Canada sets new greenhouse gas reduction target; critics call it weak

Canada has set a new greenhouse gas emission reduction target as it prepares for international talks later this year, but critics say the goal is the weakest among G-7 countries.

WINNIPEG — Canada has set a new greenhouse gas emission reduction target as it prepares for international talks later this year, but critics say the goal is the weakest among G-7 countries.

Environment Minister Leona Aglukkaq said Friday that Canada proposes to cut emissions to 30 per cent below 2005 levels by 2030 — a target she called “fair and ambitious.”

Speaking in Winnipeg, Aglukkaq promised to introduce new regulations on methane emissions produced by the oil and gas industry. There will also be new rules for natural gas-fired power generation and for the chemical and nitrogen fertilizer industries.

“This target is … an ambitious commitment based on our national circumstances, which include a growing population, a diversified, growing economy and Canada’s position as a world leader in clean electricity generation.”

The target is slightly weaker than that of the United States, which has pledged to cut its greenhouse emissions by up to 28 per cent from 2005 levels by 2025.

Canada, the U.S. and other countries are taking their targets to a United Nations conference later this year in Paris, where a new international emissions regime is to be negotiated.

Environmental groups said Canada’s target is anything but ambitious.

“The European Union, already with per-capita emissions well below Canada’s, has a 40 per cent reduction target for 2030 — more than five times greater than Canada’s,” the group Environmental Defence said in a statement.

“To keep our people, communities and economy safe requires that Canada join the global community in making deep cuts to carbon pollution by shifting away from burning coal, oil and gas,” read a statement from the Climate Action Network.

The federal environment critic for the NDP, Megan Leslie, said the plan to regulate methane emissions in the energy sector does not go far enough.

“If we’re going to see a reduction in greenhouse gas emissions, we need a hard cap on emissions in the oil and gas sector,” she said in Ottawa.

Canada might also buy international credits to meet its targets — something that would be a change from long-standing policy. That system would see Canada get deductions from its counted emissions by investing in environmentally friendly projects in other countries.

The documents submitted by the federal government to the UN say “Canada may use international mechanisms to achieve its 2030 target”. Aglukkaq refused to clarify the matter.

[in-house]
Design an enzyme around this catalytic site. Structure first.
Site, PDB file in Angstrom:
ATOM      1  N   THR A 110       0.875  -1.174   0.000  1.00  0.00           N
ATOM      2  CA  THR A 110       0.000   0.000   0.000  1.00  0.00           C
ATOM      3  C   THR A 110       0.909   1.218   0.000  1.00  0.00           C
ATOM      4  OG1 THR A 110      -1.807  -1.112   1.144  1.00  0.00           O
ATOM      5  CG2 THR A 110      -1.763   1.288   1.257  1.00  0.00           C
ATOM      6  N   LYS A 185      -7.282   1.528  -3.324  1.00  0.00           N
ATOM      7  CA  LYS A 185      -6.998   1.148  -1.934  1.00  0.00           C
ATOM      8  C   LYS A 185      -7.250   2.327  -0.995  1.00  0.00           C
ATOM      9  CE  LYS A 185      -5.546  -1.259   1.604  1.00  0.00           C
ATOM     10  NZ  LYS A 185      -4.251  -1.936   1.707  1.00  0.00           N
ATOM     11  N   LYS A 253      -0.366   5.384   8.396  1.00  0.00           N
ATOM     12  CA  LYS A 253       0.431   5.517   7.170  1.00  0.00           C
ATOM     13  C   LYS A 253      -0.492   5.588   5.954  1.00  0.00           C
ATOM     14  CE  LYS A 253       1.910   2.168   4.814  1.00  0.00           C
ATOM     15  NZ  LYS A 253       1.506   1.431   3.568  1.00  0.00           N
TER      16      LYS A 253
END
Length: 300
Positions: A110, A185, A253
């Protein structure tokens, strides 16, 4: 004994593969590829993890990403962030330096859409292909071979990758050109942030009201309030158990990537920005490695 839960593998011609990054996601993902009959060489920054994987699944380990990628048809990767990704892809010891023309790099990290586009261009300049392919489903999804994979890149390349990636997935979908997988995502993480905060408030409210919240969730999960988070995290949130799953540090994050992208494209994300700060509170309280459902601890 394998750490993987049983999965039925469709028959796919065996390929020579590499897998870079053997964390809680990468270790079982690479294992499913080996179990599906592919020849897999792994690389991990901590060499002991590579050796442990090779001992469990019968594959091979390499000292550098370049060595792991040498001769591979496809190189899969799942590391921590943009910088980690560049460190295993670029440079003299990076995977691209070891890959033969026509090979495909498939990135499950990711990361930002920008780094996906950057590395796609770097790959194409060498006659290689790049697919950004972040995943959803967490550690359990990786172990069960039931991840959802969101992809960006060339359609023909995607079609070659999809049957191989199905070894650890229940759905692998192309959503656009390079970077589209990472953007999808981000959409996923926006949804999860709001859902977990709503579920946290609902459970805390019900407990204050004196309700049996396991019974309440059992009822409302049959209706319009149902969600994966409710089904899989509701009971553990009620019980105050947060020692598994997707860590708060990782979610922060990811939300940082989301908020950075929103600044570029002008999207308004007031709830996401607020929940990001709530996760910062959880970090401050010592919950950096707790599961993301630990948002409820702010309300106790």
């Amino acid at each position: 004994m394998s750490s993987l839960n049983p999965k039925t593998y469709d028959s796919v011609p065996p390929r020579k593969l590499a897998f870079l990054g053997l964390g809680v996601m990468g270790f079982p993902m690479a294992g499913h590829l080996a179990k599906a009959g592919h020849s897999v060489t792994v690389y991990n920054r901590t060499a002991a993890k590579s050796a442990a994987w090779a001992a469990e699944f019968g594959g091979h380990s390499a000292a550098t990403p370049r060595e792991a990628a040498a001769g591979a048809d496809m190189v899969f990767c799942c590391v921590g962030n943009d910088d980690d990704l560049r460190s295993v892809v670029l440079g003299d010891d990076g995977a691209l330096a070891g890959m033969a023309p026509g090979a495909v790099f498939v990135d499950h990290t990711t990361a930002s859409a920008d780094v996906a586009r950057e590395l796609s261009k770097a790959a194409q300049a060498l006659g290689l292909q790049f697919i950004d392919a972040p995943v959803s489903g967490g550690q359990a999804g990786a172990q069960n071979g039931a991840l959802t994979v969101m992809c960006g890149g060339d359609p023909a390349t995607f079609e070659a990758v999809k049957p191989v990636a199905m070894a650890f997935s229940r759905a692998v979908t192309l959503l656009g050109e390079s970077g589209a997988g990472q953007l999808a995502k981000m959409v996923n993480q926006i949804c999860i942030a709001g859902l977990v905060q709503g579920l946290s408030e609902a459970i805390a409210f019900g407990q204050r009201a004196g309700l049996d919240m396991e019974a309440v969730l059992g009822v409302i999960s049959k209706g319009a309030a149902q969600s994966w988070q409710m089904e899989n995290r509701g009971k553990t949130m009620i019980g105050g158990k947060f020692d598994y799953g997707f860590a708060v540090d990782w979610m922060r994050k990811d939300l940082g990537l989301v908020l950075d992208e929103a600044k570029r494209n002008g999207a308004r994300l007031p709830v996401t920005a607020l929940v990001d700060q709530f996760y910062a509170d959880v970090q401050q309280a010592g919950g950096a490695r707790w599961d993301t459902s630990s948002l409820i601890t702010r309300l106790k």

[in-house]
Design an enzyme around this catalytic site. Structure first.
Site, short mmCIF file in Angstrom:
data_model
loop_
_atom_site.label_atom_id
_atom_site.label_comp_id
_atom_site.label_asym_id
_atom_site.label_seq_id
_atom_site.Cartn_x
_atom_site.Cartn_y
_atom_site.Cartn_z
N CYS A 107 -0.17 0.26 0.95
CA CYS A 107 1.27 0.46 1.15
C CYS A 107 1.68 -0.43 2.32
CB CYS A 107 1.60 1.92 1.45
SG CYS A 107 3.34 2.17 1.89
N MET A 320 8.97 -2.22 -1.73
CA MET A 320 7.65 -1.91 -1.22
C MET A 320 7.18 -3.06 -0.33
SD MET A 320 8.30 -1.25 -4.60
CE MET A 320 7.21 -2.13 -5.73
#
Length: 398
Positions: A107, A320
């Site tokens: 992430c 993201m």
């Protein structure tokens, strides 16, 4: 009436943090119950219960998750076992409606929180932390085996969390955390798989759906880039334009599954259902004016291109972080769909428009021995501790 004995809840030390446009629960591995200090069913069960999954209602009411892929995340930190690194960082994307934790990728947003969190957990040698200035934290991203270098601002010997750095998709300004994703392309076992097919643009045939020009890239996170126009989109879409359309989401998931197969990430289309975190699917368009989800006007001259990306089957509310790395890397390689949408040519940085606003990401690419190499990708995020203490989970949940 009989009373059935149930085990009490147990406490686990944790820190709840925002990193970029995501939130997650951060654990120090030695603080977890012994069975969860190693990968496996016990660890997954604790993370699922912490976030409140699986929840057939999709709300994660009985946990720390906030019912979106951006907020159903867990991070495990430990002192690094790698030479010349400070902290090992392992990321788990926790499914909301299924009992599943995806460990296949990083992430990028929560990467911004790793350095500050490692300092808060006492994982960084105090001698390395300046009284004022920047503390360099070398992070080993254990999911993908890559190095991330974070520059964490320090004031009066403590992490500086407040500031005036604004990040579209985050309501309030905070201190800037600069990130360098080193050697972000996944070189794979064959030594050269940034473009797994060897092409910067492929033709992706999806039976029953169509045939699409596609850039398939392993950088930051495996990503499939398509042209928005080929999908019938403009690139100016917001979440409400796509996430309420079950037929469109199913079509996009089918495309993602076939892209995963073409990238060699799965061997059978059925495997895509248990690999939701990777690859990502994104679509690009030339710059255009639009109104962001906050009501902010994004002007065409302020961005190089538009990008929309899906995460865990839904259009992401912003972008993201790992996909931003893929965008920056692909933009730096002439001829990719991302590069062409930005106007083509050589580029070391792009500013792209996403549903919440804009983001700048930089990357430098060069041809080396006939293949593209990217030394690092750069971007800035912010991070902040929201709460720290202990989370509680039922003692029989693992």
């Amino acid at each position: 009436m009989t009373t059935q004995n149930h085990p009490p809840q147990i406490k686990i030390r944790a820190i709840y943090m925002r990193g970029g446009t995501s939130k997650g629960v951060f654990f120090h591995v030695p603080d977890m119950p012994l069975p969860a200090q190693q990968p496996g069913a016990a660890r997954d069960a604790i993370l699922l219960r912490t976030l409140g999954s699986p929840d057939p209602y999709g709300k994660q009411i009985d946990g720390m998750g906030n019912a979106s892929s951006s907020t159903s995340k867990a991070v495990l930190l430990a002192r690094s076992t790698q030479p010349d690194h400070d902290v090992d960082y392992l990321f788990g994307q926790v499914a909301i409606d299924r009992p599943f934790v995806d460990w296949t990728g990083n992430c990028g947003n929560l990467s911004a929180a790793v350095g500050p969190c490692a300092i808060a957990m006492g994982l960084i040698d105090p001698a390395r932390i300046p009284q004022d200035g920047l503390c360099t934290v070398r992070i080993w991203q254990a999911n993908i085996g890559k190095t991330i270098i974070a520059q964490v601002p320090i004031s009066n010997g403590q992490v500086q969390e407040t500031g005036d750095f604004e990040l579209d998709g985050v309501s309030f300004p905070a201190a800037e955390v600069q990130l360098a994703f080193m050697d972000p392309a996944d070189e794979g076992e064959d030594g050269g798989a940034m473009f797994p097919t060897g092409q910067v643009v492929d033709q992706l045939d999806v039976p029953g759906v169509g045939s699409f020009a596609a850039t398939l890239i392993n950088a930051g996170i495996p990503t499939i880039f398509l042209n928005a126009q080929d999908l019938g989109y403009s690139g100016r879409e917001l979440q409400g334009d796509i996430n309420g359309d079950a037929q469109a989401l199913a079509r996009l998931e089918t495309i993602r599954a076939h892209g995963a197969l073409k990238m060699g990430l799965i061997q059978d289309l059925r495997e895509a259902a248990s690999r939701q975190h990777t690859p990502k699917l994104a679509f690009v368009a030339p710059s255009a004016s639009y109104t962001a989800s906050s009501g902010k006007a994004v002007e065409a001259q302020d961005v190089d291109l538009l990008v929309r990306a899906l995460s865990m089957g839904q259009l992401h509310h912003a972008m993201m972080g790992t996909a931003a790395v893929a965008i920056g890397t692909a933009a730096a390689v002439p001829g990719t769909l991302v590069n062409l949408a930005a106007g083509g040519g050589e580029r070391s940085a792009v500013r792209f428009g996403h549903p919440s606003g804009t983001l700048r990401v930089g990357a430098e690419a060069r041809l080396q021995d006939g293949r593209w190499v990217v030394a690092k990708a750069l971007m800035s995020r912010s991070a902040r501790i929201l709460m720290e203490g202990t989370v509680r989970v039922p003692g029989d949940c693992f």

“Thank you for coming. Today’s announcement is about the 30 per cent reduction,” she said in declining to answer a reporter’s question on the issue.

Whether Canada will even be able to meet its new targets is an open question.

Despite a previous promise to cut emissions 17 per cent below 2005 levels by 2020, Environment Canada reported last month that national greenhouse gas emissions rose between 2012 and 2013 to 726 megatonnes, the fourth consecutive annual increase.

Even if the target is met, it might not be enough.

The Intergovernmental Panel on Climate Change, the world’s chief scientific body on the issue, has said that worldwide greenhouse gas emissions must be cut by between 25 and 40 per cent below 1990 levels by 2020 if the world wants to avoid the worst implications of global warming.

Just Posted

Alberta energy war room must avoid online morass, preaching to choir: experts

CALGARY — Tzeporah Berman only learned of her cameo appearance at an… Continue reading

Two dead, including one who police believe was a child, in Alberta house fire

PLAMONDON, Alta. — Two people, including one who police believe was a… Continue reading

CSIS destroyed secret file on Pierre Trudeau, stunning historians

OTTAWA — Canada’s spy service destroyed a Cold War dossier on Pierre… Continue reading

Premier refuses to back down on plan to scrap 18,000 immigration applications

Quebec Premier Francois Legault is holding firm on his plan to scrap… Continue reading

Pro-pipelines rally draws crowd to City Hall

Canadian Taxpayers Federation says Canada missing out on billions in revenue

Federal cabinet decision on fate of Trans Mountain pipeline due Tuesday

OTTAWA — The Liberal government’s $4.5 billion gamble to buy the Trans… Continue reading

Skier, 22 dies after fall on Mount Haig near Castle Mountain Ski Resort

PINCHER CREEK, Alta. — RCMP from the Pincher Creek, Alta., detachment are… Continue reading

4 years in, Trump fondly recalls Trump Tower campaign launch

NEW YORK — It was the escalator ride that would change history.… Continue reading

Massive protests draw apology from Hong Kong leadership

Hong Kong citizens marched for hours Sunday in a massive protest that… Continue reading

Butterfly garden keeper manages to film large tarantula shedding exoskeleton

VICTORIA — A 20-centimetre tarantula capable of killing a bird has been… Continue reading

Telegraph-Journal wins 2018 Michener Award recognizing public-service journalism

OTTAWA — The Telegraph-Journal in New Brunswick has been named the winner… Continue reading

Victorious Raptors cancel their return to Toronto after becoming NBA champs

TORONTO — Some Raptors players returned to Toronto on Saturday night for… Continue reading

How a Montreal working-class neighbourhood’s activists changed Quebec and Canada

MONTREAL — The Pointe-St-Charles neighbourhood is isolated from the rest of Montreal… Continue reading

Most Read